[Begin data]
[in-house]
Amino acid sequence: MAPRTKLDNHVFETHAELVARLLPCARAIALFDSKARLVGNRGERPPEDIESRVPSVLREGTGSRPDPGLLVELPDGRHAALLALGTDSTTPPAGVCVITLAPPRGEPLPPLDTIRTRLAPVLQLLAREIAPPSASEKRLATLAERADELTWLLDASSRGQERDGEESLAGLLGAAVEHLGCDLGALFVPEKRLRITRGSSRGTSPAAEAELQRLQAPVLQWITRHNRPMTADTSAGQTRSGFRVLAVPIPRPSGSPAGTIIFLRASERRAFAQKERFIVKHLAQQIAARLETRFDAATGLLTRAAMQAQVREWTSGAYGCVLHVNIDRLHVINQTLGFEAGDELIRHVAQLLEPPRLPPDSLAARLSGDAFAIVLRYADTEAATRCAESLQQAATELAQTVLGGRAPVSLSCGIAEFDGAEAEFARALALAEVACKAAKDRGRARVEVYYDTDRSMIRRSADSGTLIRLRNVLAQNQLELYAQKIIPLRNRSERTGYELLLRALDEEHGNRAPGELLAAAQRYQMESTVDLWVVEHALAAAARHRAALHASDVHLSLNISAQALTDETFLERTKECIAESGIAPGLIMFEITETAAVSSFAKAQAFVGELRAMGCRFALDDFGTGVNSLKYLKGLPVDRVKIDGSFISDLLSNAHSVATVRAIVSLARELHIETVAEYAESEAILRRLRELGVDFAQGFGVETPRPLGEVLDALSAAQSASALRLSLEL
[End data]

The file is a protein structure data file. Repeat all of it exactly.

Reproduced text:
[in-house]
Amino acid sequence: MAPRTKLDNHVFETHAELVARLLPCARAIALFDSKARLVGNRGERPPEDIESRVPSVLREGTGSRPDPGLLVELPDGRHAALLALGTDSTTPPAGVCVITLAPPRGEPLPPLDTIRTRLAPVLQLLAREIAPPSASEKRLATLAERADELTWLLDASSRGQERDGEESLAGLLGAAVEHLGCDLGALFVPEKRLRITRGSSRGTSPAAEAELQRLQAPVLQWITRHNRPMTADTSAGQTRSGFRVLAVPIPRPSGSPAGTIIFLRASERRAFAQKERFIVKHLAQQIAARLETRFDAATGLLTRAAMQAQVREWTSGAYGCVLHVNIDRLHVINQTLGFEAGDELIRHVAQLLEPPRLPPDSLAARLSGDAFAIVLRYADTEAATRCAESLQQAATELAQTVLGGRAPVSLSCGIAEFDGAEAEFARALALAEVACKAAKDRGRARVEVYYDTDRSMIRRSADSGTLIRLRNVLAQNQLELYAQKIIPLRNRSERTGYELLLRALDEEHGNRAPGELLAAAQRYQMESTVDLWVVEHALAAAARHRAALHASDVHLSLNISAQALTDETFLERTKECIAESGIAPGLIMFEITETAAVSSFAKAQAFVGELRAMGCRFALDDFGTGVNSLKYLKGLPVDRVKIDGSFISDLLSNAHSVATVRAIVSLARELHIETVAEYAESEAILRRLRELGVDFAQGFGVETPRPLGEVLDALSAAQSASALRLSLEL